Lots of research and development after the jump. You have been warned.
I had the 'Time vs. Oomph' graph and a Microphone. It was time to make lemonade.
Spooky Section by Ryan Caddell
Off the bat I immediately thought of the organic sounds of the body -of heartbeats and of heavy breathing. The heartbeats made it into the final cut and worked really well. I thought of creaking wooden doors, of crackling fires and of the wind passing through the trees. All sounds that when conjured brought a feeling of walking through the shadowy forest on a moonlit night.
It was important to me that the sounds I used were as raw and natural as possible. I felt the more recognizable the sounds in this section were the more immersive and effective they would be. I found some samples whilst out walking. One of which was a conveniently stacked pile of sticks in the woods, that I trampled whilst recording (apologies to anyone who was preparing a bonfire for later that evening)
stamping on stickpile
Other thoughts regarding how to come up with an effective sound for this section was to emulate some audibly intense movies i had seen prior. This was slipping into the horror niche which we weren't looking at specifically, but given the dimensions of my track I felt it was warranted.
I looked at the film Silent Hill. I remember the scare factor of the games were powerfully augmented by the soundtrack. The film relied on the same approach. Although the film is classed in the horror genre a lot of it's effectiveness lay in causing feelings of distress and unease -much like our own project. The sound effects were eerily distorted during the less action orientated scenes, and the score featured disembodied piano keys and eerie moans and groans. Also 28 Day later, which had a heavier score but had the same approach with its use of dramatic and disturbing sound effects.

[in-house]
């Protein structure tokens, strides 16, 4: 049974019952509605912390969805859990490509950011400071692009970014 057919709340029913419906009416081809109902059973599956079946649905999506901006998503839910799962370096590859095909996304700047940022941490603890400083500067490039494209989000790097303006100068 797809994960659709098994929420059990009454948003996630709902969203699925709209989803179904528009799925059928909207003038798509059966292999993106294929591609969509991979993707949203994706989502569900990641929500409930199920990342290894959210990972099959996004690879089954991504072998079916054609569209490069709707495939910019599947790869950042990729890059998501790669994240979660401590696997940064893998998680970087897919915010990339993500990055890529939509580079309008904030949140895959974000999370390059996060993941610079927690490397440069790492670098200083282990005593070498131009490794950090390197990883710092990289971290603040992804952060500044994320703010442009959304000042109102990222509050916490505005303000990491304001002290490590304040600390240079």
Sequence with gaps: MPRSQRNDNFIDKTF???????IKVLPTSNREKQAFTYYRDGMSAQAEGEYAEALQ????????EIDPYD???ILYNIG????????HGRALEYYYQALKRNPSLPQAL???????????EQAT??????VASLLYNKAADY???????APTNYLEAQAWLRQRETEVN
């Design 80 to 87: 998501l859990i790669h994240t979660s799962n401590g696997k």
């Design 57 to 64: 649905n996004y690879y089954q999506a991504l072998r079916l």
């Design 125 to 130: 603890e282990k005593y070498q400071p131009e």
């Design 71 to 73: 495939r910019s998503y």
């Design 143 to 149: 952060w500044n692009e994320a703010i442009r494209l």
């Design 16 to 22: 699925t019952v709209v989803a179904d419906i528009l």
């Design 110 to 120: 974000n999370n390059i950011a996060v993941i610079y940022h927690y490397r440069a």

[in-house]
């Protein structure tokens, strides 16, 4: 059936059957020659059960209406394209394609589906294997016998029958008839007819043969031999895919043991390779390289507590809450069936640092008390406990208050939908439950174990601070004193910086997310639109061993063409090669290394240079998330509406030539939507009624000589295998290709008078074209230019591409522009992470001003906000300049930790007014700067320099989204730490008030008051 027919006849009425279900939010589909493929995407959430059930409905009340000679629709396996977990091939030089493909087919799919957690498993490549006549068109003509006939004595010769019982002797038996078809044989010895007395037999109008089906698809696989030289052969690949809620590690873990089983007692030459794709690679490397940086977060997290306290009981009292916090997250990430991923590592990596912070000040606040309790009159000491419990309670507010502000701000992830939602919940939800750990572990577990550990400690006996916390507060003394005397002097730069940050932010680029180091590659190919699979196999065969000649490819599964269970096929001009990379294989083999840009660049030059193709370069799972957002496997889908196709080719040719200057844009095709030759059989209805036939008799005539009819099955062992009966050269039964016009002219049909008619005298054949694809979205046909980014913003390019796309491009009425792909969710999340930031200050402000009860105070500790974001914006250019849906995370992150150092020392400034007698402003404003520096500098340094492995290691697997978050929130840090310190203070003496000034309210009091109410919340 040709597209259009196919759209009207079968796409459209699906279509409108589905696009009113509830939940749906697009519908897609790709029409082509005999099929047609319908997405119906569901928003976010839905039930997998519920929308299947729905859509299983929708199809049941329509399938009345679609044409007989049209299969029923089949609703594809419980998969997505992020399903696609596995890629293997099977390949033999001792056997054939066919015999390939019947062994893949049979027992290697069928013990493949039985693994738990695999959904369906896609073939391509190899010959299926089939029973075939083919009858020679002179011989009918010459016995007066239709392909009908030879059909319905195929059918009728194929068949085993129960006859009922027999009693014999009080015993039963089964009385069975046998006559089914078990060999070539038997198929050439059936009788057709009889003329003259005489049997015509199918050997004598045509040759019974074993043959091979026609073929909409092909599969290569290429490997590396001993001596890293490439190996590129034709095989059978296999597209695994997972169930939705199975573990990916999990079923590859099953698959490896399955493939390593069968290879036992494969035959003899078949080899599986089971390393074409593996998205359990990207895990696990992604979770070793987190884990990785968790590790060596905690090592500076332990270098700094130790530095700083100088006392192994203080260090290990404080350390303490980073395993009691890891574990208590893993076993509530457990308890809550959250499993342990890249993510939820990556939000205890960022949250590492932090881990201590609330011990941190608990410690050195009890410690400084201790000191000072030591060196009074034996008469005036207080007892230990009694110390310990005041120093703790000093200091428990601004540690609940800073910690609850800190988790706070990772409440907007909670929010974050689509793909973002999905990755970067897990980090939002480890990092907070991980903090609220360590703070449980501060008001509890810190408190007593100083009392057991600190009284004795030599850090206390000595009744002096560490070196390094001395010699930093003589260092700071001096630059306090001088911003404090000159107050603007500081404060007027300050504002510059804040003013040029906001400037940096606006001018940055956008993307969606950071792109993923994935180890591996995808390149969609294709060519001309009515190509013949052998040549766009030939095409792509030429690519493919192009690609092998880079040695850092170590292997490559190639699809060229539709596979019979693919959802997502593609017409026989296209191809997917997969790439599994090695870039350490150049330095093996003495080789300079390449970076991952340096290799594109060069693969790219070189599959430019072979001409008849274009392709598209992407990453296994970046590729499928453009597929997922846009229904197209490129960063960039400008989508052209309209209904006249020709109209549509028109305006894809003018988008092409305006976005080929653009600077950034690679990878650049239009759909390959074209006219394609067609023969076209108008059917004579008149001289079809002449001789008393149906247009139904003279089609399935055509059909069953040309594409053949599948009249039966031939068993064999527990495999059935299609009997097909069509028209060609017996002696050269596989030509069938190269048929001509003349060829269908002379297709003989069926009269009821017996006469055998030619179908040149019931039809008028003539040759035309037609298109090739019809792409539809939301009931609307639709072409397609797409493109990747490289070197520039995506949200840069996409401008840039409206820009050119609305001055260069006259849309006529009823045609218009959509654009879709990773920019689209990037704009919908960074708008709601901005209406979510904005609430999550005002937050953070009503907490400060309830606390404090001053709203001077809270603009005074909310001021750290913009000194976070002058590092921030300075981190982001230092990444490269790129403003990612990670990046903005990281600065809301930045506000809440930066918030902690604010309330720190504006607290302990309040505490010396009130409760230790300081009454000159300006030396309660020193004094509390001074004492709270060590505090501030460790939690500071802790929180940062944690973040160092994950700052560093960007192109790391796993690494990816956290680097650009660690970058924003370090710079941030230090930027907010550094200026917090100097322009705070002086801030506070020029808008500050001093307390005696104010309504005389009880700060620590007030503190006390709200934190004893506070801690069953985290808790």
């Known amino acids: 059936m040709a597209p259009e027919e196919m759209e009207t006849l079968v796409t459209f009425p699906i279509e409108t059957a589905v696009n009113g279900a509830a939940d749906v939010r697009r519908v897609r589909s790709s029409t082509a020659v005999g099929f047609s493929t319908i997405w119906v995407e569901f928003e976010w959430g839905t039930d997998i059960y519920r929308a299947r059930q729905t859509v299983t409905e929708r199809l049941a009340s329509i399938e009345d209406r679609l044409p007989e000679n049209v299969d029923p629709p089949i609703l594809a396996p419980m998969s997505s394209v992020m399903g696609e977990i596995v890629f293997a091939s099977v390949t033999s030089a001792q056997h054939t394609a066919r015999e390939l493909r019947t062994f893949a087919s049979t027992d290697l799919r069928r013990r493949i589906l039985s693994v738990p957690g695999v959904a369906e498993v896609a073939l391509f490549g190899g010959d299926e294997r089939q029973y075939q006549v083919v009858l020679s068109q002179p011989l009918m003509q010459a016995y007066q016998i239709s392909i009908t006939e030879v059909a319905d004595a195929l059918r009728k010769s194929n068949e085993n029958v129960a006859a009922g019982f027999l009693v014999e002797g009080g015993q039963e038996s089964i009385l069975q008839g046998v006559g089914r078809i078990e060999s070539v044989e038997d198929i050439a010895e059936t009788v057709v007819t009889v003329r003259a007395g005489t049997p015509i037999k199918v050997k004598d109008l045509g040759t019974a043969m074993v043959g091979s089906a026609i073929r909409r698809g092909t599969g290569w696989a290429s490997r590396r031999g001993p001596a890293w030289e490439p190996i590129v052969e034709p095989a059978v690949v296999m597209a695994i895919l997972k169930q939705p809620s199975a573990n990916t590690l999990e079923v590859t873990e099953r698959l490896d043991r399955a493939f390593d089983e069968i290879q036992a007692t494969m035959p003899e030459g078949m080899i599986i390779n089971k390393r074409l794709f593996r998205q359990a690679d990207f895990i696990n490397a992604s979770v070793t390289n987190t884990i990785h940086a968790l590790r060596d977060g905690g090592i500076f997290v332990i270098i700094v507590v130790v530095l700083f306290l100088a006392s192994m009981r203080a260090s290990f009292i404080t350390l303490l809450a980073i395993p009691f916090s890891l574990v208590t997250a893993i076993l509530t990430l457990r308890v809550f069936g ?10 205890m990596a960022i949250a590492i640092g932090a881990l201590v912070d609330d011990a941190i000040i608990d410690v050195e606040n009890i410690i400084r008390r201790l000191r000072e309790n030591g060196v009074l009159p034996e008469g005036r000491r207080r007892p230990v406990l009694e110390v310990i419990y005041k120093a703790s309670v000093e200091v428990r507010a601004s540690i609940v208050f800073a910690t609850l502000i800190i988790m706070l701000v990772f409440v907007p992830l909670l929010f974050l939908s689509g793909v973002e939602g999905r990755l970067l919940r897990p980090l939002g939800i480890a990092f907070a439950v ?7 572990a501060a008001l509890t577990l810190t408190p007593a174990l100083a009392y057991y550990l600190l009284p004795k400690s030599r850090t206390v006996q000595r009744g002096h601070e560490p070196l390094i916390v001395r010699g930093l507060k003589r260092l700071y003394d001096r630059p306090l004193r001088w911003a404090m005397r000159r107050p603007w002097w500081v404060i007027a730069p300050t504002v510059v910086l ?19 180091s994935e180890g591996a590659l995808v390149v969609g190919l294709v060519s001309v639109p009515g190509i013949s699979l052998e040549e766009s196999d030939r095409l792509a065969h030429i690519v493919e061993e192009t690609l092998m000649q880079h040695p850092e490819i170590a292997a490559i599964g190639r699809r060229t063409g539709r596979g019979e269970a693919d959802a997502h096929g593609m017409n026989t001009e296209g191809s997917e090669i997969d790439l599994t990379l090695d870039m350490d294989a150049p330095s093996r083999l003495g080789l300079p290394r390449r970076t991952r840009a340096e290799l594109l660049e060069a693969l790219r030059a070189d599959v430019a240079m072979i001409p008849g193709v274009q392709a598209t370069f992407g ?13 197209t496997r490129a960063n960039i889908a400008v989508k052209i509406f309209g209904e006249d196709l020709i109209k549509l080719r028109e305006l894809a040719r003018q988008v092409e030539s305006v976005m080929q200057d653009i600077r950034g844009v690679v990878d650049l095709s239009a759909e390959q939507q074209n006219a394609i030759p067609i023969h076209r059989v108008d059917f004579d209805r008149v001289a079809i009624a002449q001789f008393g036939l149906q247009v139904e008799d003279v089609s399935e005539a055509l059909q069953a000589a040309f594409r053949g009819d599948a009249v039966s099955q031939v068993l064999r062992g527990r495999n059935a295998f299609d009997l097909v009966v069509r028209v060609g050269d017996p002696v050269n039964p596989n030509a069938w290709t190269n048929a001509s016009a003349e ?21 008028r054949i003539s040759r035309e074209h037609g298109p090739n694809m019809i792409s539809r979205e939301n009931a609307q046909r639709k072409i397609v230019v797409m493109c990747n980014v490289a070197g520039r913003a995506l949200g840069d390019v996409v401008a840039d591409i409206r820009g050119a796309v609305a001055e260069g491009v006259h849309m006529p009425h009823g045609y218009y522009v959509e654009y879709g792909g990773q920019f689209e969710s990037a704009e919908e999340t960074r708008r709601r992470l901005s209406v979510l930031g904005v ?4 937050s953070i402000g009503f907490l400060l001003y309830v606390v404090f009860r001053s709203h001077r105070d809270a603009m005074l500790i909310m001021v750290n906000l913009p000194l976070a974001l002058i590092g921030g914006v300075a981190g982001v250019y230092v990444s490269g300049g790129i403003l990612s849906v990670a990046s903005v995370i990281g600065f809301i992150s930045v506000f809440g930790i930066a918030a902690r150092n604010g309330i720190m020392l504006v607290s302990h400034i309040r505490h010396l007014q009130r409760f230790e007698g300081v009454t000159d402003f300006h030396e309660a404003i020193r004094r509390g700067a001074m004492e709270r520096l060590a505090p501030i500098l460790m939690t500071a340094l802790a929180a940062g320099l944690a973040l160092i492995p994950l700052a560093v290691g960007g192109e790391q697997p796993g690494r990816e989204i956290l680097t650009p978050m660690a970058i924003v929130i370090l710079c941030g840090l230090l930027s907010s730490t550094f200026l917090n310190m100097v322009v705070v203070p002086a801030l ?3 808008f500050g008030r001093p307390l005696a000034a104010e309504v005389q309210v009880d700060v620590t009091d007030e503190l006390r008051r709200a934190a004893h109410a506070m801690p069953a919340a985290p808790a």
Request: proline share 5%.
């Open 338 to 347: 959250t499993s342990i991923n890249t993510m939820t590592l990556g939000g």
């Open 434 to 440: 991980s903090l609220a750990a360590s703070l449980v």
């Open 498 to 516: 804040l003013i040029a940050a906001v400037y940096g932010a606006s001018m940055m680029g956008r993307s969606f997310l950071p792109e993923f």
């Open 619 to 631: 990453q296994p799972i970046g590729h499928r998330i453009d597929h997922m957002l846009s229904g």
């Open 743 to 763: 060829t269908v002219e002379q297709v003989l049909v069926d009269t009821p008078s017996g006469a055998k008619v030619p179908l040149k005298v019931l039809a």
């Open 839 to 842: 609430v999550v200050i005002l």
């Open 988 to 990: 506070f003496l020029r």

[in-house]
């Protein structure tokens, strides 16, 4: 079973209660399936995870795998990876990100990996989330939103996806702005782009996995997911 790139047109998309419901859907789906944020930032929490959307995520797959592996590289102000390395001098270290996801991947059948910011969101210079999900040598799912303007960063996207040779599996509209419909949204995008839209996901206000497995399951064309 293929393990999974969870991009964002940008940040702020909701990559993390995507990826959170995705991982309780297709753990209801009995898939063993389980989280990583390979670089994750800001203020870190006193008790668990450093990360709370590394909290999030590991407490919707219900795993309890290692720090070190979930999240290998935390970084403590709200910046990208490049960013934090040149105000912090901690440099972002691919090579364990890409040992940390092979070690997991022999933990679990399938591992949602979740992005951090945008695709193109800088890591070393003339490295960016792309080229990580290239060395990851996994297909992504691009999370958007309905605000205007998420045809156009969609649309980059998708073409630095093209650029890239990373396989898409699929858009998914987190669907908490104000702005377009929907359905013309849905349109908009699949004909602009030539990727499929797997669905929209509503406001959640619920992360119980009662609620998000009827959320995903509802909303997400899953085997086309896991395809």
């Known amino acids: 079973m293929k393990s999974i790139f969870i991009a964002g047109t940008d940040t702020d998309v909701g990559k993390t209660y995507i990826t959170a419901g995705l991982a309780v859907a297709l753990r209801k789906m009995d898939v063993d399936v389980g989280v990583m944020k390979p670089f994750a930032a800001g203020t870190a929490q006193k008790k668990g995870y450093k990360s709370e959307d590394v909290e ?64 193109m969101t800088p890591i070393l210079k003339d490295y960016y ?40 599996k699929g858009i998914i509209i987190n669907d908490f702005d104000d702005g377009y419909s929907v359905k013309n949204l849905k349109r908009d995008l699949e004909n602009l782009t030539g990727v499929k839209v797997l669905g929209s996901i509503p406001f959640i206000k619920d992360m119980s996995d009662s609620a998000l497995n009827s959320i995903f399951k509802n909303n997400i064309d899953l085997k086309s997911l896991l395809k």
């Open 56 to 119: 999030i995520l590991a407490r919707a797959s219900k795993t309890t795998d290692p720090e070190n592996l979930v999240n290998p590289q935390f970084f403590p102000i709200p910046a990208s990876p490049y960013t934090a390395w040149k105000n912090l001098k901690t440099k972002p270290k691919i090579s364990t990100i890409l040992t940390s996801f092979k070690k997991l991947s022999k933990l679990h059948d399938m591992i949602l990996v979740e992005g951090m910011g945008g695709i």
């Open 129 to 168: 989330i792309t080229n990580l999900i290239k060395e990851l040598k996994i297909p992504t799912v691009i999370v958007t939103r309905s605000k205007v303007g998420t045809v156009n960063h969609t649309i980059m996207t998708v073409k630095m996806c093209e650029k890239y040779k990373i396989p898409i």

Another movie which I looked at for its audible qualities was The Road (slightly more blockbuster but still some good use of sound).
I also listened to some Team Sleep tracks. They are great with sound that is often quite heavy but amazingly lulling at the same time. Lastly Jakob -a kiwi outfit who follow the same approach.
I was recording several weeks ago now when there was a relatively large southerly carrying a cold front and an arctic storm. We had several instances of hail and snow, and the weather was generally very chaotic. I took the opportunity to record a five minute section of hail falling in the woods. This somehow ended up fitting the graph we built for our combined track perfectly. It was quite amazing during the recording of this file how at 3 minutes (at which point we had decided to begin building in energy to a climax at 3:45) the hail began to fall harder, to make more intense and destructive noise.
I attempted to find and record the family of possums in the surrounding bush area at my place, but apparently they know and choose to only make noise whilst I'm trying to sleep. Also we have Morepork's visit the trees occasionally, but I couldn't get any samples of those either. Both of which would have been great additions to the track.
In post I used a substantial amount of reverb in crafting the track. Although this would take away from the natural aspect, given the area we would be broadcasting the sound i felt this would make the track more appropriate for the surroundings. Also a few of the layers were distorted to make them a little scarier, playing with the 'fuzz/wah' effect on Logic i found was a good way to generate a "spookier" sound. This is most apparent in the 'hail' layer mentioned above which ran the entire duration of the track.
Final mix done and very happy with the track. Can't enforce how impressed I was after this point also how all our individual tracks meshed together so well (Kudos to Jared for his work on the final combined mix)